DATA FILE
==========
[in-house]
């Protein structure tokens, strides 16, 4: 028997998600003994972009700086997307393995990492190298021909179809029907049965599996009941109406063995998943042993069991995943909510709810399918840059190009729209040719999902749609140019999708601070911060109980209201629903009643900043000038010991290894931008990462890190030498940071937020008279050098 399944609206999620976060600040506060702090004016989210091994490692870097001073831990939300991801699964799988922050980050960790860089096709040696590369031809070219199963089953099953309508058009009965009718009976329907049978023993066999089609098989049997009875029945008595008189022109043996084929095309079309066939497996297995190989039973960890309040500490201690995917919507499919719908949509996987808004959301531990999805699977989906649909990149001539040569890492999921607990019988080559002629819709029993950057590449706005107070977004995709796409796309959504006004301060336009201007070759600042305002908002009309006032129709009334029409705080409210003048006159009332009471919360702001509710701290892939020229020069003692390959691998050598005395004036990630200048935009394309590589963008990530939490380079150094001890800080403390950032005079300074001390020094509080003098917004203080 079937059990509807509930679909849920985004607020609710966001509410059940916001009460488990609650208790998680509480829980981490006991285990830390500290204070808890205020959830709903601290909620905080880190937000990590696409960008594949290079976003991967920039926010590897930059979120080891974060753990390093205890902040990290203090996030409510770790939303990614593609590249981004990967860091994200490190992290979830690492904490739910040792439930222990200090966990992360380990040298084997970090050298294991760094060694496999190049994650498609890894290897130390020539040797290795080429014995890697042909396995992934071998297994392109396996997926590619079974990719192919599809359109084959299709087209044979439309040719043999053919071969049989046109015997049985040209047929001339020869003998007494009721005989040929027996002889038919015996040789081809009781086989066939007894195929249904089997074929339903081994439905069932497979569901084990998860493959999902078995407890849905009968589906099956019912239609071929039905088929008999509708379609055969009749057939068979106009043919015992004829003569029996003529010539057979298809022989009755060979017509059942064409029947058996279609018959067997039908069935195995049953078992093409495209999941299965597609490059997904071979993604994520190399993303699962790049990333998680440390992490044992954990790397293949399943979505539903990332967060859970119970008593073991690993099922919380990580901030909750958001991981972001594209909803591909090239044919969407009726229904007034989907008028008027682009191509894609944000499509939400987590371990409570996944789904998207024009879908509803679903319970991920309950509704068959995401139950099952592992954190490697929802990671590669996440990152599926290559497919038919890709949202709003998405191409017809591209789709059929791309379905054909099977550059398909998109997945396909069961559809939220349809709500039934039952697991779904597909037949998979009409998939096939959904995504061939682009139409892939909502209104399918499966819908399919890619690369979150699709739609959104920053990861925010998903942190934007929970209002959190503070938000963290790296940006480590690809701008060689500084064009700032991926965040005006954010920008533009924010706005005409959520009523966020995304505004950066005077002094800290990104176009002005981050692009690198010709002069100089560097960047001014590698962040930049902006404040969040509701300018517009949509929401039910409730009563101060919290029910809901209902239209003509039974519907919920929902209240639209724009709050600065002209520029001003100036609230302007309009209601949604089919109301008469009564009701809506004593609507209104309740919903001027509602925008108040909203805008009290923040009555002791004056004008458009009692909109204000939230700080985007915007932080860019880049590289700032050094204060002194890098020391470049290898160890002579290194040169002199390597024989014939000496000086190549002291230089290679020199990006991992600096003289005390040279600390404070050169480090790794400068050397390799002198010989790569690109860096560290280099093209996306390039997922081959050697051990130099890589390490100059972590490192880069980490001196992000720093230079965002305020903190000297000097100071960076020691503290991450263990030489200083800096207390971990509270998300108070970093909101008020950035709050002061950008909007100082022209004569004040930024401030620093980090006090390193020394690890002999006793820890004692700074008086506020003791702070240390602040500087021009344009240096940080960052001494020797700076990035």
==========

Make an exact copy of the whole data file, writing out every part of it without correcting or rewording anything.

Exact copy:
[in-house]
């Protein structure tokens, strides 16, 4: 028997998600003994972009700086997307393995990492190298021909179809029907049965599996009941109406063995998943042993069991995943909510709810399918840059190009729209040719999902749609140019999708601070911060109980209201629903009643900043000038010991290894931008990462890190030498940071937020008279050098 399944609206999620976060600040506060702090004016989210091994490692870097001073831990939300991801699964799988922050980050960790860089096709040696590369031809070219199963089953099953309508058009009965009718009976329907049978023993066999089609098989049997009875029945008595008189022109043996084929095309079309066939497996297995190989039973960890309040500490201690995917919507499919719908949509996987808004959301531990999805699977989906649909990149001539040569890492999921607990019988080559002629819709029993950057590449706005107070977004995709796409796309959504006004301060336009201007070759600042305002908002009309006032129709009334029409705080409210003048006159009332009471919360702001509710701290892939020229020069003692390959691998050598005395004036990630200048935009394309590589963008990530939490380079150094001890800080403390950032005079300074001390020094509080003098917004203080 079937059990509807509930679909849920985004607020609710966001509410059940916001009460488990609650208790998680509480829980981490006991285990830390500290204070808890205020959830709903601290909620905080880190937000990590696409960008594949290079976003991967920039926010590897930059979120080891974060753990390093205890902040990290203090996030409510770790939303990614593609590249981004990967860091994200490190992290979830690492904490739910040792439930222990200090966990992360380990040298084997970090050298294991760094060694496999190049994650498609890894290897130390020539040797290795080429014995890697042909396995992934071998297994392109396996997926590619079974990719192919599809359109084959299709087209044979439309040719043999053919071969049989046109015997049985040209047929001339020869003998007494009721005989040929027996002889038919015996040789081809009781086989066939007894195929249904089997074929339903081994439905069932497979569901084990998860493959999902078995407890849905009968589906099956019912239609071929039905088929008999509708379609055969009749057939068979106009043919015992004829003569029996003529010539057979298809022989009755060979017509059942064409029947058996279609018959067997039908069935195995049953078992093409495209999941299965597609490059997904071979993604994520190399993303699962790049990333998680440390992490044992954990790397293949399943979505539903990332967060859970119970008593073991690993099922919380990580901030909750958001991981972001594209909803591909090239044919969407009726229904007034989907008028008027682009191509894609944000499509939400987590371990409570996944789904998207024009879908509803679903319970991920309950509704068959995401139950099952592992954190490697929802990671590669996440990152599926290559497919038919890709949202709003998405191409017809591209789709059929791309379905054909099977550059398909998109997945396909069961559809939220349809709500039934039952697991779904597909037949998979009409998939096939959904995504061939682009139409892939909502209104399918499966819908399919890619690369979150699709739609959104920053990861925010998903942190934007929970209002959190503070938000963290790296940006480590690809701008060689500084064009700032991926965040005006954010920008533009924010706005005409959520009523966020995304505004950066005077002094800290990104176009002005981050692009690198010709002069100089560097960047001014590698962040930049902006404040969040509701300018517009949509929401039910409730009563101060919290029910809901209902239209003509039974519907919920929902209240639209724009709050600065002209520029001003100036609230302007309009209601949604089919109301008469009564009701809506004593609507209104309740919903001027509602925008108040909203805008009290923040009555002791004056004008458009009692909109204000939230700080985007915007932080860019880049590289700032050094204060002194890098020391470049290898160890002579290194040169002199390597024989014939000496000086190549002291230089290679020199990006991992600096003289005390040279600390404070050169480090790794400068050397390799002198010989790569690109860096560290280099093209996306390039997922081959050697051990130099890589390490100059972590490192880069980490001196992000720093230079965002305020903190000297000097100071960076020691503290991450263990030489200083800096207390971990509270998300108070970093909101008020950035709050002061950008909007100082022209004569004040930024401030620093980090006090390193020394690890002999006793820890004692700074008086506020003791702070240390602040500087021009344009240096940080960052001494020797700076990035």